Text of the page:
Just a few days after the introduction of a search engine that works primarily using human labor, Google says, "Me too."
"People think of Google as pure algorithms," said Matt Cutts, search quality engineer at Google, speaking at the Search Marketing Expo in Seattle on Monday. "We've recently begun trying to communicate the fact that we're not averse to using some manual intervention."
Cutts' comments follow the launch Wednesday of an early version of Mahalo.com, a new search engine that operates using people who dig through the Internet manually looking for quality sites. Mahalo.com currently can deliver results for 4,000 popular search terms with plans to reach 10,000 terms by the end of the year. Workers weed out spam sites, sites with overbearing advertising, pages that regurgitate information without giving appropriate credit to the source, and sites of unknown origin.
Over the last couple of months, Google has altered some explanations on its Webmaster Guidelines pages to reflect changes it may make in how much human interaction affects its search results, Cutts said. Google has changed the wording in places from saying that certain functions operate 100 percent using the company's search algorithms to now saying more vaguely that the company uses scalable and robust techniques, he said. "We're trying to make the distinction that humans are a wonderful way to improve search quality, but we have to do that in a way that is scalable and robust. Our Webmaster Guidelines have changed to reflect this possibility," he said.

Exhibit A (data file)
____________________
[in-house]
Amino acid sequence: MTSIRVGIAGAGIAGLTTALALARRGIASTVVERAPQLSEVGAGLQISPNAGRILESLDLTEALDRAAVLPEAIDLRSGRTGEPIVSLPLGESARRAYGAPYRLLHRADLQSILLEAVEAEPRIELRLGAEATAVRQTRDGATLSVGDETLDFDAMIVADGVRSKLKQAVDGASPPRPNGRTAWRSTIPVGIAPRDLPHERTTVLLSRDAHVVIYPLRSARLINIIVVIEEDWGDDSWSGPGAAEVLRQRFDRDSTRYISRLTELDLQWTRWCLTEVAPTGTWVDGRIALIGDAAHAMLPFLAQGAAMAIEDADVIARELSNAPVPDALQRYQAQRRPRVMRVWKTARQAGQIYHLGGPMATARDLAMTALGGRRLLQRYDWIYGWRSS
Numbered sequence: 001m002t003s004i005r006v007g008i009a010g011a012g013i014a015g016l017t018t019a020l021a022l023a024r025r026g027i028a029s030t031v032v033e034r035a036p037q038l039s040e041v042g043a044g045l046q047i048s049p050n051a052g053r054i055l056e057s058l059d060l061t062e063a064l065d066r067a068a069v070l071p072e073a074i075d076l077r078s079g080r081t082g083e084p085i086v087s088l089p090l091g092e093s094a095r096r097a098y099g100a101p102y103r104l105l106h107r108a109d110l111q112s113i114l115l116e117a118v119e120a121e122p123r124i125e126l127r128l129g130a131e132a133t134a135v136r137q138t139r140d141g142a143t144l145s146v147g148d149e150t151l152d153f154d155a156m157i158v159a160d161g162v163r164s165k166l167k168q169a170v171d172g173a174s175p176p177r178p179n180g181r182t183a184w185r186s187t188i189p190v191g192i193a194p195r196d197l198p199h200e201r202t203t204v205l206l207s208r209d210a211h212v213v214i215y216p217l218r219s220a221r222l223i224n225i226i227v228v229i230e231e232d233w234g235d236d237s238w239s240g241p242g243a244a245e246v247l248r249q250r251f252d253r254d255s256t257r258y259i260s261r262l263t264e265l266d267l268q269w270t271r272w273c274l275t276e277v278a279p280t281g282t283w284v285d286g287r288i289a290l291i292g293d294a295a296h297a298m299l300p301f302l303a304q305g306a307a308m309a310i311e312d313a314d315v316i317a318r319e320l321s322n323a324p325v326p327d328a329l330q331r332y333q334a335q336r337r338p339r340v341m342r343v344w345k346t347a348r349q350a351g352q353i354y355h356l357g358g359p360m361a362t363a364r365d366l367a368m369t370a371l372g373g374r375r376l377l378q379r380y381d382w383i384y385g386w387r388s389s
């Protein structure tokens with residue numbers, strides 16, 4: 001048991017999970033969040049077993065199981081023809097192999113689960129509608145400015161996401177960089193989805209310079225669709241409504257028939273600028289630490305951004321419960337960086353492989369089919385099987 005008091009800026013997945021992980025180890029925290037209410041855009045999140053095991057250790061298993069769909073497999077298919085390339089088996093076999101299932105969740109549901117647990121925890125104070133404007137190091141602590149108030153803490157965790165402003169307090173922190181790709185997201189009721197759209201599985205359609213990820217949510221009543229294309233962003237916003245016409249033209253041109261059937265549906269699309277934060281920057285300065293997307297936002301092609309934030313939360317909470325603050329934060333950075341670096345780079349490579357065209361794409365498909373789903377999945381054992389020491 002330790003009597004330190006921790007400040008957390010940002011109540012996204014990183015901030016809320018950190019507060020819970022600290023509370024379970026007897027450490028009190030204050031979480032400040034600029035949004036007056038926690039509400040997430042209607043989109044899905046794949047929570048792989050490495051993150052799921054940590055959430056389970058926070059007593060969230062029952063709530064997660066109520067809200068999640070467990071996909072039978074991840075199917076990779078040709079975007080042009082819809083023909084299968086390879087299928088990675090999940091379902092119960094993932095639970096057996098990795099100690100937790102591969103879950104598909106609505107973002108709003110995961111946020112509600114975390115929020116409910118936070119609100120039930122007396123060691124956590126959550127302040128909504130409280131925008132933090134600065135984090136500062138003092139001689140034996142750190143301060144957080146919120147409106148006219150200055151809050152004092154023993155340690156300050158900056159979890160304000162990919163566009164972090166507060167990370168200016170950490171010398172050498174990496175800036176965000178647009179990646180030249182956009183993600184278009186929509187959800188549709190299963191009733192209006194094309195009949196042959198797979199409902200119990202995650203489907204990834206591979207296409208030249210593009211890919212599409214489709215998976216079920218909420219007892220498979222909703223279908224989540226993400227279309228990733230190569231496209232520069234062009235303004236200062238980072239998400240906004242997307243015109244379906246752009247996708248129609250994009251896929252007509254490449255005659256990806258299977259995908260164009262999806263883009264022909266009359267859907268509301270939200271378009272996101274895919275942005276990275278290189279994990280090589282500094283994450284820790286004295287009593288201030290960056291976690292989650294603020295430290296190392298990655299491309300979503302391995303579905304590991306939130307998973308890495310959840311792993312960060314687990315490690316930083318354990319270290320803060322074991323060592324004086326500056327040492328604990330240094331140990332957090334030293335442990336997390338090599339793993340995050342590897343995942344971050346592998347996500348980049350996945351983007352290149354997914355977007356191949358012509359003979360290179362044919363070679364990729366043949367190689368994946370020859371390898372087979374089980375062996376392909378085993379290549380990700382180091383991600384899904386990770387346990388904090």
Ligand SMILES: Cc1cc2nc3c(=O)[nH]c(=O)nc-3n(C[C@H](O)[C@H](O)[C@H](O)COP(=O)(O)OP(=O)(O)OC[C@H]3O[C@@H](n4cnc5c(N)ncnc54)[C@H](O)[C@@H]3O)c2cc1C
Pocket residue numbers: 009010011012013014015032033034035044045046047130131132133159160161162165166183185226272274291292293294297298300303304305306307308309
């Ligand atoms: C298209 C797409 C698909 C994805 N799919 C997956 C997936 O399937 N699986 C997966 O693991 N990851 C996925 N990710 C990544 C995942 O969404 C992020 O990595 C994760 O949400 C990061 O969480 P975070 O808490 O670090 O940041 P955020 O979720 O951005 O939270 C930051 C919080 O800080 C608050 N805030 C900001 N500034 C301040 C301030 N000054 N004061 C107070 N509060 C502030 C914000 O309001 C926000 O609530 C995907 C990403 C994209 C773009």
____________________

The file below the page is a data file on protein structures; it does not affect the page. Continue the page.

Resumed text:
Some Google functions do fully work using the algorithm. For example, the algorithm designed to prevent Google bombing, where people cause certain sites to rank, usually for an obscure or humorous search term, uses no human intervention, Cutts said. "The Google bomb algorithm is completely automatic," he said. It runs once every three or four months, he said.
Google uses human interaction for a variety of different functions such as acting on spam, he said. "Google does reserve the right to use humans in a scalable way," he said.
Additional human interaction might come if Google decides to allow anyone to report people who buy links in order to try to improve their search rankings. "I wouldn't be surprised if we add something on the Webmaster console to report that," Cutts said.
He also said that Google may rewrite its guidelines to include more detail about the types of techniques that could get sites banned. Currently, the guidelines include often vague instructions, such as to avoid link schemes designed to boost a site's popularity. That can include a number of different tactics, which Google doesn't spell out. "It would be great to start giving more examples," Cutts said.